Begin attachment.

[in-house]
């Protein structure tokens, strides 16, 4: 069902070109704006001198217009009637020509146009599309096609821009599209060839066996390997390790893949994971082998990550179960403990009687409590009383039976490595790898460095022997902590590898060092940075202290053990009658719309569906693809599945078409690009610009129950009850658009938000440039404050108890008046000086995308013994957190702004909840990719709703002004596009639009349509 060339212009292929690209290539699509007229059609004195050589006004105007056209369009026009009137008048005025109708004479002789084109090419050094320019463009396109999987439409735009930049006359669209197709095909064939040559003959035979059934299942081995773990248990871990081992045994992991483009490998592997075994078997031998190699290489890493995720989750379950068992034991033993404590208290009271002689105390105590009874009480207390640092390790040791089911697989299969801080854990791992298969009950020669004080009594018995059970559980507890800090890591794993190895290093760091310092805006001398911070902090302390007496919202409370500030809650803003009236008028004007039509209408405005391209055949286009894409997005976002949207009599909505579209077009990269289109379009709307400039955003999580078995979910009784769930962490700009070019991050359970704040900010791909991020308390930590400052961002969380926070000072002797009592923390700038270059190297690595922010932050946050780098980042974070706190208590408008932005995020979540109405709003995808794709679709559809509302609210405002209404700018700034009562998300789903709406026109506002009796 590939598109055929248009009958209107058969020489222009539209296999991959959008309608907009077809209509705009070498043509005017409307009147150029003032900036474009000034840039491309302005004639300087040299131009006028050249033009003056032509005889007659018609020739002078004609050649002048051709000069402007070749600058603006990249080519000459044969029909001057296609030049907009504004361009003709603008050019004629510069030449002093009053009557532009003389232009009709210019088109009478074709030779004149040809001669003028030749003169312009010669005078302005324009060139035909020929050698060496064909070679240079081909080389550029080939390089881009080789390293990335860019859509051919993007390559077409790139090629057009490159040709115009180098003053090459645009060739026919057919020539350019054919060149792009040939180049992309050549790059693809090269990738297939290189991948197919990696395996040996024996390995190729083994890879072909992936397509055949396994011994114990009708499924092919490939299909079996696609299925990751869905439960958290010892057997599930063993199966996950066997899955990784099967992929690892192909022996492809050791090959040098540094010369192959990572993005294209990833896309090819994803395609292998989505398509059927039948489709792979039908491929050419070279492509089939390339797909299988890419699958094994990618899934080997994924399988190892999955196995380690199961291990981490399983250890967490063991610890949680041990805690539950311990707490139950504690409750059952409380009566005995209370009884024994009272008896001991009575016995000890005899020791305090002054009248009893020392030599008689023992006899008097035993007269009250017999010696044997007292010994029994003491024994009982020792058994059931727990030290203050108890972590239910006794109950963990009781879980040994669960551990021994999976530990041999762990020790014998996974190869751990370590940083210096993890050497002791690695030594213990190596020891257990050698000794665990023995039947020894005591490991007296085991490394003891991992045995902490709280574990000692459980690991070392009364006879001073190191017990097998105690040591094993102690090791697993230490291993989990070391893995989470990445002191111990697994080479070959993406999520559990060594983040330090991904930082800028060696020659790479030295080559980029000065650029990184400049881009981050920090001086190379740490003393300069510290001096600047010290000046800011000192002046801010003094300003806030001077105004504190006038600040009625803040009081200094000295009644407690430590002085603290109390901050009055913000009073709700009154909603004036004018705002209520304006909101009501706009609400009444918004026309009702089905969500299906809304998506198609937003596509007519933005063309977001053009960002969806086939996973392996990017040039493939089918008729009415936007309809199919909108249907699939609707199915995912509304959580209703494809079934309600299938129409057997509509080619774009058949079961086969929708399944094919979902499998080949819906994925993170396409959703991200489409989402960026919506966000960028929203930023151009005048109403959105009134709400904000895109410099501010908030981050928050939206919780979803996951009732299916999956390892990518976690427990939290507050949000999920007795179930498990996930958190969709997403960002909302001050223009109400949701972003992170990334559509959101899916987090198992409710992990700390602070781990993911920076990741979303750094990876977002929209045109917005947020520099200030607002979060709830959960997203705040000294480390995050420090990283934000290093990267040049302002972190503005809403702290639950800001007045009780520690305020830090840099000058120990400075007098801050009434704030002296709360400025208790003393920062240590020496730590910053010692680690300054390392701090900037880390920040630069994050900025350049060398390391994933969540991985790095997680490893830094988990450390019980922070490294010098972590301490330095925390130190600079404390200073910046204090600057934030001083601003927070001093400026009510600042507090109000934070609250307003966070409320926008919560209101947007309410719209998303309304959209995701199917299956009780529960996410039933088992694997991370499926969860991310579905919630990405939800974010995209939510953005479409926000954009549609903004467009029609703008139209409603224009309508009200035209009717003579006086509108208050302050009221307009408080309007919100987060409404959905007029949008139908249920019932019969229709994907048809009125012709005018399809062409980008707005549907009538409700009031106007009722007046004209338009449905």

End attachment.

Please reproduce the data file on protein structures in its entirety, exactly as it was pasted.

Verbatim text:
[in-house]
């Protein structure tokens, strides 16, 4: 069902070109704006001198217009009637020509146009599309096609821009599209060839066996390997390790893949994971082998990550179960403990009687409590009383039976490595790898460095022997902590590898060092940075202290053990009658719309569906693809599945078409690009610009129950009850658009938000440039404050108890008046000086995308013994957190702004909840990719709703002004596009639009349509 060339212009292929690209290539699509007229059609004195050589006004105007056209369009026009009137008048005025109708004479002789084109090419050094320019463009396109999987439409735009930049006359669209197709095909064939040559003959035979059934299942081995773990248990871990081992045994992991483009490998592997075994078997031998190699290489890493995720989750379950068992034991033993404590208290009271002689105390105590009874009480207390640092390790040791089911697989299969801080854990791992298969009950020669004080009594018995059970559980507890800090890591794993190895290093760091310092805006001398911070902090302390007496919202409370500030809650803003009236008028004007039509209408405005391209055949286009894409997005976002949207009599909505579209077009990269289109379009709307400039955003999580078995979910009784769930962490700009070019991050359970704040900010791909991020308390930590400052961002969380926070000072002797009592923390700038270059190297690595922010932050946050780098980042974070706190208590408008932005995020979540109405709003995808794709679709559809509302609210405002209404700018700034009562998300789903709406026109506002009796 590939598109055929248009009958209107058969020489222009539209296999991959959008309608907009077809209509705009070498043509005017409307009147150029003032900036474009000034840039491309302005004639300087040299131009006028050249033009003056032509005889007659018609020739002078004609050649002048051709000069402007070749600058603006990249080519000459044969029909001057296609030049907009504004361009003709603008050019004629510069030449002093009053009557532009003389232009009709210019088109009478074709030779004149040809001669003028030749003169312009010669005078302005324009060139035909020929050698060496064909070679240079081909080389550029080939390089881009080789390293990335860019859509051919993007390559077409790139090629057009490159040709115009180098003053090459645009060739026919057919020539350019054919060149792009040939180049992309050549790059693809090269990738297939290189991948197919990696395996040996024996390995190729083994890879072909992936397509055949396994011994114990009708499924092919490939299909079996696609299925990751869905439960958290010892057997599930063993199966996950066997899955990784099967992929690892192909022996492809050791090959040098540094010369192959990572993005294209990833896309090819994803395609292998989505398509059927039948489709792979039908491929050419070279492509089939390339797909299988890419699958094994990618899934080997994924399988190892999955196995380690199961291990981490399983250890967490063991610890949680041990805690539950311990707490139950504690409750059952409380009566005995209370009884024994009272008896001991009575016995000890005899020791305090002054009248009893020392030599008689023992006899008097035993007269009250017999010696044997007292010994029994003491024994009982020792058994059931727990030290203050108890972590239910006794109950963990009781879980040994669960551990021994999976530990041999762990020790014998996974190869751990370590940083210096993890050497002791690695030594213990190596020891257990050698000794665990023995039947020894005591490991007296085991490394003891991992045995902490709280574990000692459980690991070392009364006879001073190191017990097998105690040591094993102690090791697993230490291993989990070391893995989470990445002191111990697994080479070959993406999520559990060594983040330090991904930082800028060696020659790479030295080559980029000065650029990184400049881009981050920090001086190379740490003393300069510290001096600047010290000046800011000192002046801010003094300003806030001077105004504190006038600040009625803040009081200094000295009644407690430590002085603290109390901050009055913000009073709700009154909603004036004018705002209520304006909101009501706009609400009444918004026309009702089905969500299906809304998506198609937003596509007519933005063309977001053009960002969806086939996973392996990017040039493939089918008729009415936007309809199919909108249907699939609707199915995912509304959580209703494809079934309600299938129409057997509509080619774009058949079961086969929708399944094919979902499998080949819906994925993170396409959703991200489409989402960026919506966000960028929203930023151009005048109403959105009134709400904000895109410099501010908030981050928050939206919780979803996951009732299916999956390892990518976690427990939290507050949000999920007795179930498990996930958190969709997403960002909302001050223009109400949701972003992170990334559509959101899916987090198992409710992990700390602070781990993911920076990741979303750094990876977002929209045109917005947020520099200030607002979060709830959960997203705040000294480390995050420090990283934000290093990267040049302002972190503005809403702290639950800001007045009780520690305020830090840099000058120990400075007098801050009434704030002296709360400025208790003393920062240590020496730590910053010692680690300054390392701090900037880390920040630069994050900025350049060398390391994933969540991985790095997680490893830094988990450390019980922070490294010098972590301490330095925390130190600079404390200073910046204090600057934030001083601003927070001093400026009510600042507090109000934070609250307003966070409320926008919560209101947007309410719209998303309304959209995701199917299956009780529960996410039933088992694997991370499926969860991310579905919630990405939800974010995209939510953005479409926000954009549609903004467009029609703008139209409603224009309508009200035209009717003579006086509108208050302050009221307009408080309007919100987060409404959905007029949008139908249920019932019969229709994907048809009125012709005018399809062409980008707005549907009538409700009031106007009722007046004209338009449905």